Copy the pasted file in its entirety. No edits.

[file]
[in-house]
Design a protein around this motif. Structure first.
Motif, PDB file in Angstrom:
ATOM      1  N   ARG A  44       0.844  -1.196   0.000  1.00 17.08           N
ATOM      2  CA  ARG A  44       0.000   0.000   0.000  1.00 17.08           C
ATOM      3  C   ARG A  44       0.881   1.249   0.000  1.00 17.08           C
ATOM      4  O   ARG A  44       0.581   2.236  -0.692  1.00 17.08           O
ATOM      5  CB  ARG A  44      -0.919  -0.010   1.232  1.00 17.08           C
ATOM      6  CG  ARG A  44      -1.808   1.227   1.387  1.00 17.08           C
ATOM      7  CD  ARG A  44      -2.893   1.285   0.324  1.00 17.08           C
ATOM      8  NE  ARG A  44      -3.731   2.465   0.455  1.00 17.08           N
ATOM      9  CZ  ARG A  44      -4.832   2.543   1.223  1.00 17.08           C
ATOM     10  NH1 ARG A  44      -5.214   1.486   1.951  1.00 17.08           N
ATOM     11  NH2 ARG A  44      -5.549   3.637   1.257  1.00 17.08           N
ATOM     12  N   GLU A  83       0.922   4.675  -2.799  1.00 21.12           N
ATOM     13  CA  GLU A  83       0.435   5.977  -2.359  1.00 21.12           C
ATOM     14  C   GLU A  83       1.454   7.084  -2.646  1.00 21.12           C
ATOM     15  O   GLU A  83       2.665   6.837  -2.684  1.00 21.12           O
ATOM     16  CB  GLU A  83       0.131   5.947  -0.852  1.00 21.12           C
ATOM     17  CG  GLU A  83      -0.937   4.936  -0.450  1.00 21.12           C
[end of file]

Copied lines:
[in-house]
Design a protein around this motif. Structure first.
Motif, PDB file in Angstrom:
ATOM      1  N   ARG A  44       0.844  -1.196   0.000  1.00 17.08           N
ATOM      2  CA  ARG A  44       0.000   0.000   0.000  1.00 17.08           C
ATOM      3  C   ARG A  44       0.881   1.249   0.000  1.00 17.08           C
ATOM      4  O   ARG A  44       0.581   2.236  -0.692  1.00 17.08           O
ATOM      5  CB  ARG A  44      -0.919  -0.010   1.232  1.00 17.08           C
ATOM      6  CG  ARG A  44      -1.808   1.227   1.387  1.00 17.08           C
ATOM      7  CD  ARG A  44      -2.893   1.285   0.324  1.00 17.08           C
ATOM      8  NE  ARG A  44      -3.731   2.465   0.455  1.00 17.08           N
ATOM      9  CZ  ARG A  44      -4.832   2.543   1.223  1.00 17.08           C
ATOM     10  NH1 ARG A  44      -5.214   1.486   1.951  1.00 17.08           N
ATOM     11  NH2 ARG A  44      -5.549   3.637   1.257  1.00 17.08           N
ATOM     12  N   GLU A  83       0.922   4.675  -2.799  1.00 21.12           N
ATOM     13  CA  GLU A  83       0.435   5.977  -2.359  1.00 21.12           C
ATOM     14  C   GLU A  83       1.454   7.084  -2.646  1.00 21.12           C
ATOM     15  O   GLU A  83       2.665   6.837  -2.684  1.00 21.12           O
ATOM     16  CB  GLU A  83       0.131   5.947  -0.852  1.00 21.12           C
ATOM     17  CG  GLU A  83      -0.937   4.936  -0.450  1.00 21.12           C